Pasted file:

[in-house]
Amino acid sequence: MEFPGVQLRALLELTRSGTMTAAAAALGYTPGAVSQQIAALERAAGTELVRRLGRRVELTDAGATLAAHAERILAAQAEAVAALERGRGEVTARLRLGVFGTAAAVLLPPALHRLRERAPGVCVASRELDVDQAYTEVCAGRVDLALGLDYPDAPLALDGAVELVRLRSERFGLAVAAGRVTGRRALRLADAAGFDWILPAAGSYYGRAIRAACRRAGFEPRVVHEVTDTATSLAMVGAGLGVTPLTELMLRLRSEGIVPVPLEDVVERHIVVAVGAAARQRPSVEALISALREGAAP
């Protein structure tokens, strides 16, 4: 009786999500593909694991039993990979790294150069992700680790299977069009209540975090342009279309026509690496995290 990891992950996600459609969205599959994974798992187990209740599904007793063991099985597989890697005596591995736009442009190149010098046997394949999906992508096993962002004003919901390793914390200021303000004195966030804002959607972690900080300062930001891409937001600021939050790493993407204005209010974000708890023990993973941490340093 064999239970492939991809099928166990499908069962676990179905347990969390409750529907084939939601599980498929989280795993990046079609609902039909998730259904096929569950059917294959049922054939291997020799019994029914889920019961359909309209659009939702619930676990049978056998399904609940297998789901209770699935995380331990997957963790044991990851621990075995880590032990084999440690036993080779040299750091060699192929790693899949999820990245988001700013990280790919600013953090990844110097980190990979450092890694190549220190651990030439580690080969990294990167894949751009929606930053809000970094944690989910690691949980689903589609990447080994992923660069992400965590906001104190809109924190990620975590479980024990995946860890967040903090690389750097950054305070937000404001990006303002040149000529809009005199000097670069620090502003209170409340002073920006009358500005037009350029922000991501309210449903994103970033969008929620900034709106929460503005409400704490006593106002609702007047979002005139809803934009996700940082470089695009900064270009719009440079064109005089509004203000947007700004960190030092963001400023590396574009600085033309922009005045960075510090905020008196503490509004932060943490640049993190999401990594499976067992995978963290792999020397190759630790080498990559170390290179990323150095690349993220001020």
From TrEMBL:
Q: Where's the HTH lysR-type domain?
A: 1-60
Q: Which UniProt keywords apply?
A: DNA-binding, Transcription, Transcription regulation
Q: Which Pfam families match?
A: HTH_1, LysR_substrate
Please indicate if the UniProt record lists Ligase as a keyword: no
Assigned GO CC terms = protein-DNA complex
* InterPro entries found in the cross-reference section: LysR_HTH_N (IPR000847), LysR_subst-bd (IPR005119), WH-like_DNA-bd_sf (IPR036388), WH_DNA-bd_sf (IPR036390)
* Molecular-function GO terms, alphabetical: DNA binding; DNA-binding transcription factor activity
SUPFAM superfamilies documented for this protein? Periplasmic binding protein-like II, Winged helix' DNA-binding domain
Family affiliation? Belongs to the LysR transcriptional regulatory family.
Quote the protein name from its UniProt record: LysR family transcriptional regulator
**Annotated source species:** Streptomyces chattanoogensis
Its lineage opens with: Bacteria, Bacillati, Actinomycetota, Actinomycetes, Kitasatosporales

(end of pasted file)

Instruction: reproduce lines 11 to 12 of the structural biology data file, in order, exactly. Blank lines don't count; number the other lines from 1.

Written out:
Please indicate if the UniProt record lists Ligase as a keyword: no
Assigned GO CC terms = protein-DNA complex